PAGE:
Congestion at other West Coast ports has caused an increasing number of ships to use the Port of Portland in hopes of being unloaded quicker and being able to return to Asia for more goods during the 2021 peak season.
Portland is the leading port on the U.S. West Coast for exports. It is also the largest mineral bulk port on the West Coast. Annually, over 17 million tons of cargo move through the port. Of that amount, approximately 11 million tons of cargo moves through port-owned and -operated facilities.
The primary exports moving through the port include grain, soda ash, potash, automobiles and forest products. Its major imports include automobiles, steel, machinery, mineral bulks and other varied products.
In total, the annual value of the imports and exports that move through the Port of Portland is approximately $15.4 billion. The port’s airports, marine properties and business parks generate more than 27,000 local jobs and $1.8 billion in wages.
The Port of Portland is responsible for oversight of Portland International Airport, general aviation, and marine activities in the Portland, Oregon metropolitan area. The Port’s authority was established in 1891 by the Oregon legislature to dredge and maintain a shipping channel from Portland to the Pacific Ocean. The current Port structure was established by the 1970 legislature. At that time, the original Port was combined with the Portland Commission of Public Docks, which was a city agency created in 1910.
The port owns four marine terminals, including Oregon’s only deep-draft container port, as well as three airports. The Port manages five industrial parks around the metropolitan area. This article will focus on the marine facilities only.
The port’s marine terminals are located along the Willamette and Columbia rivers, away from the city itself. The terminals are served by rail (BNSF and Union Pacific railroads), connecting interstate highways and river barges.
Terminals 2, 4 and 5 are on the Willamette River; Terminal 6 is on the Columbia River.
Terminal 2 (T-2) contains 52.5 acres. The facility can handle virtually any cargo from lumber and forest products to steel, machinery and packaged cargoes. There is also a U.S. Army Corps of Engineers facility located at T-2.
Terminal 4 (T-4) contains 262 acres. It is a multi-purpose facility with seven ship berths capable of handling a variety of cargoes, including autos, forest products, steel, dry bulks and liquid bulks. T-4 also handles Toyota vehicle distribution, and has roll-on/roll-off (ro-ro) capabilities.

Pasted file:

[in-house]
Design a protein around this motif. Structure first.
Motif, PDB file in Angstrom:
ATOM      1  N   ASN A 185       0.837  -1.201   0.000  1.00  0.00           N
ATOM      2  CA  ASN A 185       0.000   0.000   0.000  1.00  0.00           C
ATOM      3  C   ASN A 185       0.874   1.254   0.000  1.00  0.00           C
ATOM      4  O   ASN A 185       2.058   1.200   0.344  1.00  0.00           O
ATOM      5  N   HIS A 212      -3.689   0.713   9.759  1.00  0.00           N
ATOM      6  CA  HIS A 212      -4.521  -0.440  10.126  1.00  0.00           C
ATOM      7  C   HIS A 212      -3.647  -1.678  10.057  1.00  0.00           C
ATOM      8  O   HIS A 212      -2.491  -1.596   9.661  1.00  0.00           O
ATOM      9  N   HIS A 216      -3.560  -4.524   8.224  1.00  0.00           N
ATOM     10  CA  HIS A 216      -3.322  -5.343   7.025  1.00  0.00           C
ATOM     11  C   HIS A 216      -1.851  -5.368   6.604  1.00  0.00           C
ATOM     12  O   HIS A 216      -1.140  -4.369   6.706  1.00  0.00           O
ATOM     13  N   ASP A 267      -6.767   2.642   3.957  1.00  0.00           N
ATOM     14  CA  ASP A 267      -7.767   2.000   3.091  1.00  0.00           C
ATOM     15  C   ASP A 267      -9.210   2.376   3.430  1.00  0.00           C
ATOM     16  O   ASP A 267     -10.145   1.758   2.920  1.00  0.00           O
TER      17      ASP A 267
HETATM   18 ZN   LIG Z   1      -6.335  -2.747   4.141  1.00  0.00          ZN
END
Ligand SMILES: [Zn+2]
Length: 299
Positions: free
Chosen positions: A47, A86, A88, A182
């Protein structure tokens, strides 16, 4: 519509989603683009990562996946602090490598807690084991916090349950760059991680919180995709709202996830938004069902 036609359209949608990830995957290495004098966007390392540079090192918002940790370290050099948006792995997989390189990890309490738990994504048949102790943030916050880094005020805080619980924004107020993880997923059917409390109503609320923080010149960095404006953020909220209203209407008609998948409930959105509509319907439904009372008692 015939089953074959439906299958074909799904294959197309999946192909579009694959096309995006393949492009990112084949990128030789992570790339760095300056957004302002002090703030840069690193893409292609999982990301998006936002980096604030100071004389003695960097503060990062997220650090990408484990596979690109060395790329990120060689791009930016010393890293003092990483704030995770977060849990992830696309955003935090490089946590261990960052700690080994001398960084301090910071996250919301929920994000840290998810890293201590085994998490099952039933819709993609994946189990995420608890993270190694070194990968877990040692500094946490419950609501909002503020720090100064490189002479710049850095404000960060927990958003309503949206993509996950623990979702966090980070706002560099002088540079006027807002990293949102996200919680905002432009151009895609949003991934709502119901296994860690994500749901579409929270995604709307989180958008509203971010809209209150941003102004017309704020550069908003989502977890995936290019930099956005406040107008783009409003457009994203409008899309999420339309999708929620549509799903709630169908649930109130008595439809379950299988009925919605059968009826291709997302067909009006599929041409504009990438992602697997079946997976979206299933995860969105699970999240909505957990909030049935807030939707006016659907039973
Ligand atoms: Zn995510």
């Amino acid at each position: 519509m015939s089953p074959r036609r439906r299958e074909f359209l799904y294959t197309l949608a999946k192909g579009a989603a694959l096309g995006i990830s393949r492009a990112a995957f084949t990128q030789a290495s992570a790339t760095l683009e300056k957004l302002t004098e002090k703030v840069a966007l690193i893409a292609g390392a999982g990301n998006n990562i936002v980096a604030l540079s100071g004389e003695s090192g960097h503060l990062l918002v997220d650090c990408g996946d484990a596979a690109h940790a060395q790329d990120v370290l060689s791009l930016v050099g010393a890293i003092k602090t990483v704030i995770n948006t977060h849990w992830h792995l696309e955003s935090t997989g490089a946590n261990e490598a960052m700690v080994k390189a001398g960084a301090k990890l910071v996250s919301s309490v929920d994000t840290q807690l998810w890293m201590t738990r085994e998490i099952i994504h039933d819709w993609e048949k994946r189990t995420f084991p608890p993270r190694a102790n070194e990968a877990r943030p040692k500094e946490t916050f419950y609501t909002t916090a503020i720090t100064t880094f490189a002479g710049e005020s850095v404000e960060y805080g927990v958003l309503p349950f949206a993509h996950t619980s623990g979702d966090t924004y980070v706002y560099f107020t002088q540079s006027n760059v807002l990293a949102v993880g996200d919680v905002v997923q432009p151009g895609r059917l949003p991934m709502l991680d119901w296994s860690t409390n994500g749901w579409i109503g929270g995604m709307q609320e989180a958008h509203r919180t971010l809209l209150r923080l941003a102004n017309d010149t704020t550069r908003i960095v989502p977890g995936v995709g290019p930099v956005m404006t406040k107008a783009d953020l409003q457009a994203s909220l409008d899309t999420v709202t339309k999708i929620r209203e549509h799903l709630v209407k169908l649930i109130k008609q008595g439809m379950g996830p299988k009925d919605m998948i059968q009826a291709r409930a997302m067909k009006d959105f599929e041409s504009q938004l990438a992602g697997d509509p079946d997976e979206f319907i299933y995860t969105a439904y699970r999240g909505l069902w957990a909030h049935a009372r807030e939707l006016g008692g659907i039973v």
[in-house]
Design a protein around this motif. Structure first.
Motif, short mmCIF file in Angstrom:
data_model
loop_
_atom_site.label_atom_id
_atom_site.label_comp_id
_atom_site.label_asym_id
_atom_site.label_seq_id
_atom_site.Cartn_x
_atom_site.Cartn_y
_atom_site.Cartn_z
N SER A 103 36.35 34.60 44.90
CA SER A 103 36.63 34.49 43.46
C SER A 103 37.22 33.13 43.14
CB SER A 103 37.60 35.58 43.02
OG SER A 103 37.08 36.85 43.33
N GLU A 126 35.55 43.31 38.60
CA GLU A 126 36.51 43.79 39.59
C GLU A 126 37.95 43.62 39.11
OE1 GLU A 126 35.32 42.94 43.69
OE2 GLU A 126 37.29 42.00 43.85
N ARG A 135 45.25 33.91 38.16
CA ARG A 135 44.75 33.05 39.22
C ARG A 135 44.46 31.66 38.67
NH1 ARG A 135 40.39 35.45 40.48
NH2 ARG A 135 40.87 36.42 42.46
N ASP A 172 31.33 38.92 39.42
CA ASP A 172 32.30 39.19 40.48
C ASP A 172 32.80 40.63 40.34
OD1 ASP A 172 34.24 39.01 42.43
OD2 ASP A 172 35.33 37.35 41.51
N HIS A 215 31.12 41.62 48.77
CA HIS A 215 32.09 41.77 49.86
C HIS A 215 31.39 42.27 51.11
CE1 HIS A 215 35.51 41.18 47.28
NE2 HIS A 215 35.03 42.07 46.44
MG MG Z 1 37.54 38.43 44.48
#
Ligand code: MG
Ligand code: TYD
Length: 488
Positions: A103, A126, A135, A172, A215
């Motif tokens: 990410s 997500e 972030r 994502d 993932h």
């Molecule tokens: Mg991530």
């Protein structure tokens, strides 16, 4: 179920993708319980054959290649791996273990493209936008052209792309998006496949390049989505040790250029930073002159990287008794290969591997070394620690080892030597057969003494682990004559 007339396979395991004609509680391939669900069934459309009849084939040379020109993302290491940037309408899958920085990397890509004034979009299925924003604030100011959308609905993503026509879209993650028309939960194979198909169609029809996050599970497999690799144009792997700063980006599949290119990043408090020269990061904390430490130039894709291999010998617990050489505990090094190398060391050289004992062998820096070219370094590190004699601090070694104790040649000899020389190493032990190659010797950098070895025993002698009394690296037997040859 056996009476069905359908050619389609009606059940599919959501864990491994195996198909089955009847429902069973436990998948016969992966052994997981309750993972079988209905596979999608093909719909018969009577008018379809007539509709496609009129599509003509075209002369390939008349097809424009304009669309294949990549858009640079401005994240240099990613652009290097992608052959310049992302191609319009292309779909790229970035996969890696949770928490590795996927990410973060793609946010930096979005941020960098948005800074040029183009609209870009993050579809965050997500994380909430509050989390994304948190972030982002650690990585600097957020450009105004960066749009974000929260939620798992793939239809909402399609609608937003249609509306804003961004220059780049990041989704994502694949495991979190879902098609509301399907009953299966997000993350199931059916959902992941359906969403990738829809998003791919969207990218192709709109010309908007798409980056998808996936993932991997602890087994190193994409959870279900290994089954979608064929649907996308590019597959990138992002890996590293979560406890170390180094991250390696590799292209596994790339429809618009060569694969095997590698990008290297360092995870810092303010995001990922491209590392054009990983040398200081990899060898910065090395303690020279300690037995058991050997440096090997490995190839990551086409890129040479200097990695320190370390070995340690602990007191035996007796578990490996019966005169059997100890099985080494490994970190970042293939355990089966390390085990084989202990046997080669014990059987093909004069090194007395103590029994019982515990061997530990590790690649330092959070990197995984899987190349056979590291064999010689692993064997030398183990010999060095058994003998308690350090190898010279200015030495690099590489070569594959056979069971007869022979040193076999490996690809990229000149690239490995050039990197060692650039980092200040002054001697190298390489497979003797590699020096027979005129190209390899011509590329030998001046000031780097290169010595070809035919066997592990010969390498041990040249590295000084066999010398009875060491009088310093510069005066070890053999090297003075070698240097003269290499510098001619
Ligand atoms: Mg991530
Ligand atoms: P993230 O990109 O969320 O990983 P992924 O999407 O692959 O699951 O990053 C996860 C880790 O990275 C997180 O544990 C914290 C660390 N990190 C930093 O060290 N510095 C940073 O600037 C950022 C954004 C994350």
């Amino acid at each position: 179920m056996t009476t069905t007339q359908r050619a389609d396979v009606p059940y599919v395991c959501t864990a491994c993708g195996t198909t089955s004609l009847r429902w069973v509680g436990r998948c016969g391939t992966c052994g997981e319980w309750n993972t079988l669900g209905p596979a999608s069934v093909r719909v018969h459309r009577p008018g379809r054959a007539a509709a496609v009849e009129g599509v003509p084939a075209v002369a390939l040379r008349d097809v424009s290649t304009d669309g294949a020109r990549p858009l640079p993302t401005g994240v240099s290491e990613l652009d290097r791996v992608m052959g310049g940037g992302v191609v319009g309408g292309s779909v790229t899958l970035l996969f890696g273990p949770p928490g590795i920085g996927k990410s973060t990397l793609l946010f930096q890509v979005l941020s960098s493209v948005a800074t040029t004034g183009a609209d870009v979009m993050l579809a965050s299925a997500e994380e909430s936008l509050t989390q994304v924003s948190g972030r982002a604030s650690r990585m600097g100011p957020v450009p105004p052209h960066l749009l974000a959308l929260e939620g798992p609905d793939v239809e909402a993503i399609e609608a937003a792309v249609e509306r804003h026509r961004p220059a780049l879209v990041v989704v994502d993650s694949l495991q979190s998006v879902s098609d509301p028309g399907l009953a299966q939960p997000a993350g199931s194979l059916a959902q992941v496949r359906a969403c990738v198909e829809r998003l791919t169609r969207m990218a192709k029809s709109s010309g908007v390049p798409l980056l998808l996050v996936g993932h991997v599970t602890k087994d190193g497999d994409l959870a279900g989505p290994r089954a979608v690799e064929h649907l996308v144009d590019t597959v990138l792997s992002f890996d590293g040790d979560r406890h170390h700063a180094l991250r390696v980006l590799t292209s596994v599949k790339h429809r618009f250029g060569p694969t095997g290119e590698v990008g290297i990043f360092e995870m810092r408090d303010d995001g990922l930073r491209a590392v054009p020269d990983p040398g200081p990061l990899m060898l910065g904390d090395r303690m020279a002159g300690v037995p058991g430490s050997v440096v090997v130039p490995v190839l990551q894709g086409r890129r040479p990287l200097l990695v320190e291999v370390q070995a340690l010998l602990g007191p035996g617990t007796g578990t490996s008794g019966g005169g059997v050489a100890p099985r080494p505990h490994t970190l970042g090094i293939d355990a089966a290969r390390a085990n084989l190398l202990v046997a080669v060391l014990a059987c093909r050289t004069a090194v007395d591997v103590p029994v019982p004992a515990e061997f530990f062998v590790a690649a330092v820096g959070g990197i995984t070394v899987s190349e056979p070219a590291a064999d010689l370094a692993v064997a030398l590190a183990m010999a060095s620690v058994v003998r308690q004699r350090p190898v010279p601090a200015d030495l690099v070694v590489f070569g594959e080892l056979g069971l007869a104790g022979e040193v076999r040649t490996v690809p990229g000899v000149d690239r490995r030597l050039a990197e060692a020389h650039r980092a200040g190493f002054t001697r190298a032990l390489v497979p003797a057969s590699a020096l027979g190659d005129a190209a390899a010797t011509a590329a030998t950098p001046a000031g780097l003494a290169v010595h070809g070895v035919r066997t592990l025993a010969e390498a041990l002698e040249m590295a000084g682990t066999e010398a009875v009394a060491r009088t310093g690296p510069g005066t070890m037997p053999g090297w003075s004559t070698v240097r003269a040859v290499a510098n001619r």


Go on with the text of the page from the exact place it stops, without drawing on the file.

Oregon-grown bulk grains are exported from the port. In 2016, the Port of Portland led the nation’s ports in wheat exports. The Columbia River system, including Portland, is the third-largest wheat export gateway in the world.
Grown in eastern Oregon and Willamette River valleys, wheat travels by barge to the port. About 90% of Oregon-grown wheat is exported overseas. In 2017, more than 4 million tons of grain were exported from Portland. Historians have even referred to the Columbia River as a “river of grain” because of its use to move the crop.
Terminal 5 (T-5) contains 159 acres and is located south of Terminal 6 on the edge of the port’s 2,800-acre Rivergate Industrial District. T-5 has a rapid-handling grain elevator operated by Columbia Grain, as well as a potash export facility operated by Canpotex.
Potash is a nutrient used to manufacture fertilizer; it is one of the dry bulk products moved through T-5. Canpotex expanded its terminal to boost annual production capacity from 3.5 million metric tons to 7.5 million metric tons.
International Raw Materials handles various liquid fertilizer products and delivers those products around the world. In 2010 an updated pipeline rack system was constructed for specific tenant needs.
Terminal 6 (T-6) comprises 419 acres. It is a multi-purpose facility that features five ship berths and an on-dock rail yard, with eight tracks. Autos, intermodal containers and breakbulk cargoes are handled at T-6.
Shippers can move their products by rail or sea at the port’s most versatile terminal. It has almost 200 acres of multi-use space as well as an intermodal yard.
Direct rail service includes a shuttle rail service operated by BNSF Railway at the terminal. This service allows containers to move from Portland to Seattle/Tacoma (Northwest Seaport Alliance, or NWSA; to read a recent FreightWaves Classics article about the NWSA, go here). There, goods can be loaded onto ocean carriers. BNSF trains carry both imports and exports to and from the Portland market.
The container facility at T-6 has a 125-acre container yard and seven container cranes, four of which are post-Panamax. There is a fully grounded reach stacker operation with 620 refrigerated container connections. Containers can be moved to/from T-6 by truck, rail and ship.
The Port of Portland is the fifth-largest auto import gateway in the United States. It has been an automotive gateway since 1953; imported Volkswagens came through the port. Over the nearly 70 years since, more than 11 million vehicles have moved through the port, including those manufactured by Ford, Honda, Hyundai and Toyota.
Investing for the future
Working in concert with the state of Oregon, Portland, the port’s tenants and the railroads that serve it, investments have been made in rail yards, new track, overpasses and related projects. The port’s overall goals have been to improve capacity, the speed in which cargo is handled and safety.